Thank you for visiting! Please feel free to leave a comment. I accept anonymous comments as long as they are polite.

All written content is protected by copyright but if you wish to contact me regarding the content of this blog, please feel free to do so via the contact form.

Please pay a visit, too, to HILLIARD & CROFT


Christina Croft at Amazon

Saturday 25 January 2014

Experts & Resounding Gongs

What exactly is an expert? I have often wondered about this and am often reminded of a nursing tutor stating that ‘a specialist/expert is someone who knows more and more about less and less’ – the kind of person, I imagined, who peers so closely at one part of a human body that the entire person occupying the body become invisible. I have imagined, too, the people who dissect poems and – horror of horrors! – translate each line for children so that they can supposedly understand the poem, whereas in fact they understand only one level of meaning and miss the beauty of the whole, which includes the sound of the words the poet chose. As a child, I absolutely adored the lines of the poem Cargoes by John Masefield:
Quinquireme of Ninevah...rowing home to haven in sunny Palestine.
I assumed that Quinquireme was a person, not a five-tiered ship, but it didn’t matter – it was the beautiful sound of the words and the images they evoked which enraptured me.
Of course, it is important to have experts in particular scientific fields. If a person breaks a bone, they don’t want an amateur fixing it, any more than they want a tinkerer to mend a broken engine. All the same, when it comes to arts subjects, I have my doubts about so-called experts. By what authority does someone assume that title? Art and music are so subjective that, while a specialist might appreciate the artist’s musical or artistic achievements more than a layperson would, so much depends on taste so one cannot say ‘this is good,’ or ‘this is bad’ – the only criteria by which it can be judged is whether or not the artist achieved what s/he set out to achieve, and whether or not it appeals to someone else.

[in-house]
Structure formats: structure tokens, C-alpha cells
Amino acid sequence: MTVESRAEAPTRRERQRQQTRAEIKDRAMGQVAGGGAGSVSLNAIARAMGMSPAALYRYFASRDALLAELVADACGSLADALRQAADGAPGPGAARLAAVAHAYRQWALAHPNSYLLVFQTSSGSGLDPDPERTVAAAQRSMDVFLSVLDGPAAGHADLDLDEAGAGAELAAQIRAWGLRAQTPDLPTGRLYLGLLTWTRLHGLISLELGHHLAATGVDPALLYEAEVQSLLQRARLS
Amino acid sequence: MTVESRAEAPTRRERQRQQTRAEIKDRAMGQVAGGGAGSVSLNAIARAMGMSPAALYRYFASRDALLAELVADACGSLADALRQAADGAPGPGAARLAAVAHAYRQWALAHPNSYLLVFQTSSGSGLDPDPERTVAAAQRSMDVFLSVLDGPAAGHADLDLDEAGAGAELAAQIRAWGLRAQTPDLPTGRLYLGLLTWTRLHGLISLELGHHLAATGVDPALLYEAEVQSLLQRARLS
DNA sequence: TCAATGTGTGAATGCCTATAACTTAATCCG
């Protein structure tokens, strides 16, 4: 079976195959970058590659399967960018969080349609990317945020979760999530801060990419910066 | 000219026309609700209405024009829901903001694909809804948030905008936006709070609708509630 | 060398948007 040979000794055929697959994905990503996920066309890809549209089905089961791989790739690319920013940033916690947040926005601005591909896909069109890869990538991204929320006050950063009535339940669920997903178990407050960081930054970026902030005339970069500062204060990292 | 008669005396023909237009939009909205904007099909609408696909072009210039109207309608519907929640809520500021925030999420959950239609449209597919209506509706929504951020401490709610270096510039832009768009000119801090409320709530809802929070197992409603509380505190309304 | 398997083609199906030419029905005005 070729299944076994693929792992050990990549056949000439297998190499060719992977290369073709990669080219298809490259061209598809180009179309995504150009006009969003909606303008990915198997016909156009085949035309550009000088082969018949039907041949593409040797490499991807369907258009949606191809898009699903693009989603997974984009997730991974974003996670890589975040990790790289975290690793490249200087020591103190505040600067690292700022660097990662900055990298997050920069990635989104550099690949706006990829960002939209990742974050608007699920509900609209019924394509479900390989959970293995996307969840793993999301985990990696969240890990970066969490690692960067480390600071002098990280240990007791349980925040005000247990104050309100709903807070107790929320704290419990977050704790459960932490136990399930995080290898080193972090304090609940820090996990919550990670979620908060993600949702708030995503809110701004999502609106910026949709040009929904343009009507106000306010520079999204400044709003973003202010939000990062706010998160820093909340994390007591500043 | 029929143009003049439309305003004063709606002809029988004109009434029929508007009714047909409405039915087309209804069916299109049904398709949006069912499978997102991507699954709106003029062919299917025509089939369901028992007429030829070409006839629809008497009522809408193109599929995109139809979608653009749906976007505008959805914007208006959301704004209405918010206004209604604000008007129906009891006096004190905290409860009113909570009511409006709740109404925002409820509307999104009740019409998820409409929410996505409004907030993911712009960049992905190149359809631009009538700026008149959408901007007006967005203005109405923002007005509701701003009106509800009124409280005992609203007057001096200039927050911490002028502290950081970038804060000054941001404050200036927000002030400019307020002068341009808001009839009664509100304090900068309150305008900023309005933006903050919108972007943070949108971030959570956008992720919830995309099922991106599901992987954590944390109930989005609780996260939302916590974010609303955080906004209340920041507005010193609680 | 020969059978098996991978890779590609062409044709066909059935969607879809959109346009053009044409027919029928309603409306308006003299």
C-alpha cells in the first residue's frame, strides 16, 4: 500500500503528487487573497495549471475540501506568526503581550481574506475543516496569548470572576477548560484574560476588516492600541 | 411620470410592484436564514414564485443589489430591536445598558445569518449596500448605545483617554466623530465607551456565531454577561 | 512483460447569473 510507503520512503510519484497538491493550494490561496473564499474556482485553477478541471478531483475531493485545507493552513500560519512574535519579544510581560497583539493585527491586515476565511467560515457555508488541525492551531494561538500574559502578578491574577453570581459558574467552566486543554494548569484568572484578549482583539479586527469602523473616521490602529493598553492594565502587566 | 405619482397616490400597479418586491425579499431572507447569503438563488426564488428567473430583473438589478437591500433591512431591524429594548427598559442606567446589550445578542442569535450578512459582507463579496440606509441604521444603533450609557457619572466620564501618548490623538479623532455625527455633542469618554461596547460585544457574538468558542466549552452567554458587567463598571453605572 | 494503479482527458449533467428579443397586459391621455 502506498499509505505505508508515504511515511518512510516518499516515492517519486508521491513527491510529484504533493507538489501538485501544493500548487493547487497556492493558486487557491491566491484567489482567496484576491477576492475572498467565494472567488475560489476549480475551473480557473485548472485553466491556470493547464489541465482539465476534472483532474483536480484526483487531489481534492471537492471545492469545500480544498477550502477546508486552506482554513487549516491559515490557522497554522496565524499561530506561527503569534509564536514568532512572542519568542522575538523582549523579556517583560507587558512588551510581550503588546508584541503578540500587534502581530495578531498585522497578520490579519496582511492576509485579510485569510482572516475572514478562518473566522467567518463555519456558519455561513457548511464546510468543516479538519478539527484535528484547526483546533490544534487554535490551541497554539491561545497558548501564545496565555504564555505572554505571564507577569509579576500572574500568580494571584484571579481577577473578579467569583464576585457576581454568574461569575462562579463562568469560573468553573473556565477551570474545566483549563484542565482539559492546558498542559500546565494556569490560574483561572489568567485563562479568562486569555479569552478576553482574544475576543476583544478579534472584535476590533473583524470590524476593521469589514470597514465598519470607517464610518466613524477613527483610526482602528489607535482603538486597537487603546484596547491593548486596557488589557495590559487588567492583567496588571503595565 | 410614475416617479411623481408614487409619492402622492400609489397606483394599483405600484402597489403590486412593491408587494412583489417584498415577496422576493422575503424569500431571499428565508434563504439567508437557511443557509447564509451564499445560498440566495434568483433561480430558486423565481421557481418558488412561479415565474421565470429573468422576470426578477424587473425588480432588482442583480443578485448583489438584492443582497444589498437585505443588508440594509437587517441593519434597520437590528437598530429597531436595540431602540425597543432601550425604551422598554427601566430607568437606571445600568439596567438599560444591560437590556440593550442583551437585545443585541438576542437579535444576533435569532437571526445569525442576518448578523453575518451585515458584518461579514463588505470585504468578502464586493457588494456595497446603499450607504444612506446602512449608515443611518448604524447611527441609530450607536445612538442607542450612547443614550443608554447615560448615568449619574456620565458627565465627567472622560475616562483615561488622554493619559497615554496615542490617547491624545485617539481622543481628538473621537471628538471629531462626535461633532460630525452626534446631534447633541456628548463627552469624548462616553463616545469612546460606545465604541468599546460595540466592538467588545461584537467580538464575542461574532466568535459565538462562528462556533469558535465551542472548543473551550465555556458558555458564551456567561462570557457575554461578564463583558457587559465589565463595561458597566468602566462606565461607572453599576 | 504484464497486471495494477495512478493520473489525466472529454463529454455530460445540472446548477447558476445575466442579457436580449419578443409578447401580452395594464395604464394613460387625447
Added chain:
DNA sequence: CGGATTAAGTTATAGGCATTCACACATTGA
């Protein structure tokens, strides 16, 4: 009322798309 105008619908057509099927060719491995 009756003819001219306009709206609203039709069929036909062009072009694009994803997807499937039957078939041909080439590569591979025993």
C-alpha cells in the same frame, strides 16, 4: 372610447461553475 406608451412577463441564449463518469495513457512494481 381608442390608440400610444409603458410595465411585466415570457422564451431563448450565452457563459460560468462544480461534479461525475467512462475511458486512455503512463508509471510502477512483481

Still more utterly baffling to me is the idea that someone can assume the title of ‘Romanov expert’ or ‘Queen Victoria expert’. One might know every detail of what happened at what time during those people’s lives, but that is really neither here nor there when it comes to understanding a person. Could you say you are an expert on your mother, your father, your siblings or your spouse? I very much doubt anyone would be so arrogant as to make such a statement, and yet it is somehow alright to make such a claim about people who lived in another era! Oh, I would far rather meet with people and listen to people who have a passion and a love for a subject, that to hear the spouting of a million ‘experts’!
I began thinking about this after reading a review of a wonderful book (not one of my books, I hasten to add!), which I greatly enjoyed, where the reviewer suggested that the author should have handed her research to a ‘Romanov expert’. What a bizarre thing to say! It reminded me again of those who dissect poems and miss their meaning, or stare so closely at one organ of the body that they forget that a person is attached to it! I do not honestly believe that there is such a thing as a ‘Romanov expert’ – academics in particular frequently ‘miss the wood for trees’ (I have seen so many of them spouting from their high horses about how weak Nicholas II was, or how terrible a parent Queen Victoria was, leaving me wondering what is happening in their own lives if they view the world with such judgemental hostility) and, from my own experience of academia, I am well aware that more often than not, it is necessary to write and say only what is expected, rather than to interpret and be original, if one is to attain the somewhat meaningless qualifications that are subsequently awarded to enable one to join the clique of ‘experts’ in the fields of art, literature and history.
Amusingly, I think most of us hardly understand a great deal of our own behaviour and reactions, how then can anyone possibly claim to be an expert on someone else? To attempt to do so, for some reason, reminds me of the lines from St. Paul’s letter: If I speak in the tongues of men or of angels, but do not have love, I am only a resounding gong or a clanging cymbal.  If I have the gift of prophecy and can fathom all mysteries and all knowledge, and if I have a faith that can move mountains, but do not have love, I am nothing”
Among the so-called experts, there seem to be quite a lot of resounding gongs and clanging cymbals!

1 comment:

Unknown said...

I think it is very important to make the distinction between someone who claims to be an expert (which I don't) and someone who claims to be a specialist (which I sometimes do). In my mind, "specialist" is a term for someone who has "specialised" in a particular area - probably spending a great deal of time on this, acquiring substantial knowledge and skill, and probably developing opinions. The term "specialist" expressed about oneself does not carry the arrogant overtones that "expert" may do. Of course, describing someone else as expert in a field is quite different, and I am quite sure you are expert in those historical fields you write about.